1974 6 32 57 52 33 21 18 15

1975 7 34 61 47 29 18 17

1976 7 36 62 45 28 20 19

1977 8 39 50 40 27 20

1978 8 38 48 40 26 22

1979 10 32 42 34 26

1980 9 25 35 35 27

1981 8 21 32 37

1982 6 15 29 35

1983 4 13 33

1984 3 11 25

I've put in bold the maximum murder rate for each age group. For 14 year olds, for example, the worst cohort was those born in about 1979 (so, their peak murder year was around 1993). For 16 year olds, 1977. For 18 year olds -- and the highest murder rate for any age -- was for those born about 1976 (peaking about 1994). For 20 year olds, 1973. For 22 year olds, 1969 and 1971. And so forth.

What you can see is that there were two murder peaks over the last 30 years. The first was the powder cocaine wars that peaked around 1980, when the killers tended to be in their 20s and older. The second was the vast crack cocaine wars that peaked around 1990-1994, and the killers became progressively younger as the wars went on.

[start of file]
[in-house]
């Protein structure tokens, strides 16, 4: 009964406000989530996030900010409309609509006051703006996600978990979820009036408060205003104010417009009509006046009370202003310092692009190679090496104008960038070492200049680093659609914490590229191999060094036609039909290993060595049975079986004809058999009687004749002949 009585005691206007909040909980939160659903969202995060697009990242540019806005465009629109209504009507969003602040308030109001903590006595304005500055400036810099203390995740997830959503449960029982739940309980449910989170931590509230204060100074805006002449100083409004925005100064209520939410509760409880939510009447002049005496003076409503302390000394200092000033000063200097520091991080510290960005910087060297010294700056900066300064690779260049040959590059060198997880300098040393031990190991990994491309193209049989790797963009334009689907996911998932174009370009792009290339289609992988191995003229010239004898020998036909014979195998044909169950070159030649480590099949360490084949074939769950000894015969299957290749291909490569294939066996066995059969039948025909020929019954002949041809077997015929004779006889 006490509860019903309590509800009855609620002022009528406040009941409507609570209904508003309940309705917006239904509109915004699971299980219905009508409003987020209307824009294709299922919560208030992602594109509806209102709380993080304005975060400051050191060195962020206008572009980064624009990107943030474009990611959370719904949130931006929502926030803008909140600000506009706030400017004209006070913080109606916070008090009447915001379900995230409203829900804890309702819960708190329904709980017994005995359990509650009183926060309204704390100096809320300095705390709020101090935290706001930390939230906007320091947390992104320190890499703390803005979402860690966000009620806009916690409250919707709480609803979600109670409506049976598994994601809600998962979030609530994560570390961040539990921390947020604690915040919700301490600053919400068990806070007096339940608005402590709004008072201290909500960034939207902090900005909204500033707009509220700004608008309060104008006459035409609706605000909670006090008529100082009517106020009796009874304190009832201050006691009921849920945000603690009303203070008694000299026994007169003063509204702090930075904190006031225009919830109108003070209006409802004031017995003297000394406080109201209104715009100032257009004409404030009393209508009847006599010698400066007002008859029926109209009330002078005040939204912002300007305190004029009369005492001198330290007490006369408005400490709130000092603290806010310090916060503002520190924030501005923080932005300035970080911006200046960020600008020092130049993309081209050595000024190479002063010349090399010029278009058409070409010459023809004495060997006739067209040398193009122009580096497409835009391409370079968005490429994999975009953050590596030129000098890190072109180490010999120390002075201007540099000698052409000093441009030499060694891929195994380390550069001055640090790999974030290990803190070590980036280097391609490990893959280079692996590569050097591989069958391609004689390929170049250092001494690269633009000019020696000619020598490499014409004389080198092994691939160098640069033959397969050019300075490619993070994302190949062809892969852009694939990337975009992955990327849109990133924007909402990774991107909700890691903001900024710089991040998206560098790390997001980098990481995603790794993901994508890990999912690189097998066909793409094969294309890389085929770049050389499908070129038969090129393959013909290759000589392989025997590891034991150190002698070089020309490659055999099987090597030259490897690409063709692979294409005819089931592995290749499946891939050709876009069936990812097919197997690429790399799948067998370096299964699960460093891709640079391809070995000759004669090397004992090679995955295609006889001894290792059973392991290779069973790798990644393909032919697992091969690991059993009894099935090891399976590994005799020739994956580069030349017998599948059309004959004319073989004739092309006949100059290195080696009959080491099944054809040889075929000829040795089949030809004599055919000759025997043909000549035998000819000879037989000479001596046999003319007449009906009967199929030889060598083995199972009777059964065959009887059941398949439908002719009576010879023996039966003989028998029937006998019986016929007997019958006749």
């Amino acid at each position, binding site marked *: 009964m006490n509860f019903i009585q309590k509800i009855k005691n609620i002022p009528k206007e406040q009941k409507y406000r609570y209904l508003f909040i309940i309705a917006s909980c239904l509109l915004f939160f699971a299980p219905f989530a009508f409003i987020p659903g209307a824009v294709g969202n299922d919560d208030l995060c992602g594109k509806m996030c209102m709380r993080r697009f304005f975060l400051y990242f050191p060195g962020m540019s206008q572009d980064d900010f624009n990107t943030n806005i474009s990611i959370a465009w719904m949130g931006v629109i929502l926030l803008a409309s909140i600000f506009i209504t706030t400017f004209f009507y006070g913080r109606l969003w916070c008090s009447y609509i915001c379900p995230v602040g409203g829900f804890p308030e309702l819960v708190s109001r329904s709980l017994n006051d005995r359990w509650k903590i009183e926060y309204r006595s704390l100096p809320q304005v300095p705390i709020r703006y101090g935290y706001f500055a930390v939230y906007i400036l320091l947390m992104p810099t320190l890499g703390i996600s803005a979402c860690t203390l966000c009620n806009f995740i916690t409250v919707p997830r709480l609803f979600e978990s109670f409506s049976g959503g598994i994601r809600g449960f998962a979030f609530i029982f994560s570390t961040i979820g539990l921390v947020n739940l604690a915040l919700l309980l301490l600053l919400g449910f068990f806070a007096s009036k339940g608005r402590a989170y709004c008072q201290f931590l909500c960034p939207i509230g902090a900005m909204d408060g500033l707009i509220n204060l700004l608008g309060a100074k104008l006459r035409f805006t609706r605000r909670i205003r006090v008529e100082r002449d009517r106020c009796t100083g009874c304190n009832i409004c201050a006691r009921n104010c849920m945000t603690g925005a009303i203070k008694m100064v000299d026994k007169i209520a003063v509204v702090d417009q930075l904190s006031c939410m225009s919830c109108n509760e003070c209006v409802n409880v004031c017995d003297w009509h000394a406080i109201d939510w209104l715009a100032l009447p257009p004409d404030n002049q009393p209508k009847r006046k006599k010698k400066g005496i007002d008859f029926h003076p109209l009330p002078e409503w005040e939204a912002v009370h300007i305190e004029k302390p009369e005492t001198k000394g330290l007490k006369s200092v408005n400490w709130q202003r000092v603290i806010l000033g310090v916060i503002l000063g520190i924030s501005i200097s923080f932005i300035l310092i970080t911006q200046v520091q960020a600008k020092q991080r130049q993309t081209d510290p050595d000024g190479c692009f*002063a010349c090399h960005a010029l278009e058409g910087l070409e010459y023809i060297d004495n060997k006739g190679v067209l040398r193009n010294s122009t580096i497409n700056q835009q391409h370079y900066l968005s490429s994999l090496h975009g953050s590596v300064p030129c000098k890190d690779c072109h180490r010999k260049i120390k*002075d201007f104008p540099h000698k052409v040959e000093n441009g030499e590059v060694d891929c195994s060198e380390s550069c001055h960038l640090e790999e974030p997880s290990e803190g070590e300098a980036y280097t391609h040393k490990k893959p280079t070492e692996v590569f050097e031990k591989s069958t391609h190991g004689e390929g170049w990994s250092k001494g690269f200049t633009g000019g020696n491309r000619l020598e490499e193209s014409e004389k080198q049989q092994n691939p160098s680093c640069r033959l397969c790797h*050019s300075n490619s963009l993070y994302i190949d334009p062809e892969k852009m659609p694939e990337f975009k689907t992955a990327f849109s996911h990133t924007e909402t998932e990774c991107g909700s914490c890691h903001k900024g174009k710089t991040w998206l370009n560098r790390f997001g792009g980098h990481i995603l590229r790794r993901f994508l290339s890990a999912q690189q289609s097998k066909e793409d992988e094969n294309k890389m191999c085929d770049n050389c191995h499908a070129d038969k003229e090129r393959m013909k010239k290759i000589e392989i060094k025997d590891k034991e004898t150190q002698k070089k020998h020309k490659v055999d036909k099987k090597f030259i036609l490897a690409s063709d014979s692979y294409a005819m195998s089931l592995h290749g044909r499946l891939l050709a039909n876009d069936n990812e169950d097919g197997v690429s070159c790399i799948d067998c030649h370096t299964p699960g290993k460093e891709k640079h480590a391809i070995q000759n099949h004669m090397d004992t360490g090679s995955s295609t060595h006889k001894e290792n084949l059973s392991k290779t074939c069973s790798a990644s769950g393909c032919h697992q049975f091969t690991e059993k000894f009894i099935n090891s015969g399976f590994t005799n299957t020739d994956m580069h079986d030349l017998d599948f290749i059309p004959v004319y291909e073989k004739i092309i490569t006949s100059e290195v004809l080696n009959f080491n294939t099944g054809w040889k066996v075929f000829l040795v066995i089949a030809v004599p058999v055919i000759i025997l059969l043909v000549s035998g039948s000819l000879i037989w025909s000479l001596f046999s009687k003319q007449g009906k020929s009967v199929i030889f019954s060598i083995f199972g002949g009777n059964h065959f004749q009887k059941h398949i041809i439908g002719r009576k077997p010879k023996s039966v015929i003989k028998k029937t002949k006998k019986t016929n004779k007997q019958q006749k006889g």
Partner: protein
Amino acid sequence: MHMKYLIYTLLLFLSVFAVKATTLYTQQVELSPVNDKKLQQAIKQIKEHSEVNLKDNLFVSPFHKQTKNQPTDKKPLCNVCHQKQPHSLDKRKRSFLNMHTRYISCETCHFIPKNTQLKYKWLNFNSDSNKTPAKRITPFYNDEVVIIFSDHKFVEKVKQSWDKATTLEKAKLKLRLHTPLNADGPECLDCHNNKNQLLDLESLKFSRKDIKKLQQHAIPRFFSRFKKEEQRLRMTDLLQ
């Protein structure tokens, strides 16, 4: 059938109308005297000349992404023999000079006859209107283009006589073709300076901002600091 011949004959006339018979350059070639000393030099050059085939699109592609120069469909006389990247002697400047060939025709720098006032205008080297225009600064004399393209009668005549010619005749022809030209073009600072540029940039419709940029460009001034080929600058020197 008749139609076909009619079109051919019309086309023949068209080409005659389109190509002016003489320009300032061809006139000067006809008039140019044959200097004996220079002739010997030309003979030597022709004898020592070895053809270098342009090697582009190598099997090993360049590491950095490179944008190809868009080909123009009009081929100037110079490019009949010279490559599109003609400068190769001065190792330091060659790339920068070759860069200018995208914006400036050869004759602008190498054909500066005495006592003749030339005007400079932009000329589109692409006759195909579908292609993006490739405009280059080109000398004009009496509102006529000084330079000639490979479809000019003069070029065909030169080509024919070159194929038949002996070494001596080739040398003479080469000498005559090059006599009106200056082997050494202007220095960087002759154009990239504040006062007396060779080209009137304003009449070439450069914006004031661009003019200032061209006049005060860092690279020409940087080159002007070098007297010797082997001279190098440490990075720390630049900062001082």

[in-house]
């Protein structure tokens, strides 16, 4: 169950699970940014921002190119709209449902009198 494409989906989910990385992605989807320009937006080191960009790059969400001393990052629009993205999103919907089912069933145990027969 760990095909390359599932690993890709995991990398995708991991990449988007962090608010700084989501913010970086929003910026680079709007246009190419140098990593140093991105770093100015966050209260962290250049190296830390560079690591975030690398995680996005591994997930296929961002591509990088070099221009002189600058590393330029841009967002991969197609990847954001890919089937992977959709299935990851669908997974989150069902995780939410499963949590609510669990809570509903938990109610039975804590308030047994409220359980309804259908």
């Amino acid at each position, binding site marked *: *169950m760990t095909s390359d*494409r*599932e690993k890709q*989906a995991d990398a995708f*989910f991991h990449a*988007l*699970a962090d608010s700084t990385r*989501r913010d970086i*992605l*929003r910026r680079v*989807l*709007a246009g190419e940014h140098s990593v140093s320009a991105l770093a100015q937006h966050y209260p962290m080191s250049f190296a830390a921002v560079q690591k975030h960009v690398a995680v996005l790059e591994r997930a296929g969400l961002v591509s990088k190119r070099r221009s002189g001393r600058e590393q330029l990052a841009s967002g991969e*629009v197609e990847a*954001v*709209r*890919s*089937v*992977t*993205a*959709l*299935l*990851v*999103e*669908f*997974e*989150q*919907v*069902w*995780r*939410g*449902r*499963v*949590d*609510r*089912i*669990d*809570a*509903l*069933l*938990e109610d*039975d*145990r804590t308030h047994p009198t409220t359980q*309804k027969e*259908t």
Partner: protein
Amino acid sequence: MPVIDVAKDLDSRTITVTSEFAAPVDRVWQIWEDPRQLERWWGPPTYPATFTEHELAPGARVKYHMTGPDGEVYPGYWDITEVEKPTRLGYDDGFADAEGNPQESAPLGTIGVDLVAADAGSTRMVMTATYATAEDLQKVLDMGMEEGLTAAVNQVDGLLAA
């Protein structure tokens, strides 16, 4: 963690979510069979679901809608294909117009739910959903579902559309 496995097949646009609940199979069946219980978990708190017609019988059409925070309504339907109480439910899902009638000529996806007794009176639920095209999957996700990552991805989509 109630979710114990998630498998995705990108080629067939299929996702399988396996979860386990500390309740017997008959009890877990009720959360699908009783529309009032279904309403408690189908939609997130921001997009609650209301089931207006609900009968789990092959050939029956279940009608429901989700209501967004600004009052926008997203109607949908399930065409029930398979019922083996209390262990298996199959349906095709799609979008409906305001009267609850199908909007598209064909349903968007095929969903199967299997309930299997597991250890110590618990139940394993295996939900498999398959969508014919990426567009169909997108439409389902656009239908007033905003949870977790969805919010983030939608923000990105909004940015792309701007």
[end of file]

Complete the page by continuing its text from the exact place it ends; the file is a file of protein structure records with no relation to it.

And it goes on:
The crack wars were fought much more by teenagers than the earlier crime waves, and most of those were born after legalization in their region, especially because of how much the early legalizing of abortion New York area dominated the crack wars in the early years. What made the crack years so murderous was the entry into the killing of so many teens -- exactly the generation that was theorized by Levitt to have been culled by abortion into law-abidingness.

Now, the abortion rate was higher in the later 1970s than right after legalization, so I suppose Levitt could argue that there just wasn't enough abortion after legalization for the Levitt Effect to work its magic. But, the abortion rate for blacks went up quite fast right after legalization (probably because of urbanization), and it was of course young black males whose homicide rate went through the roof during the crack wars. So, that's not a very persuasive argument. Black fetuses were getting aborted in very large numbers in the mid-1970s, but the survivors are exactly among whom the murder rate rose the most during the crack wars.

So, look at that table and if you can see the Levitt Effect, let me know because I sure can't.

My published articles are archived at iSteve.com -- Steve Sailer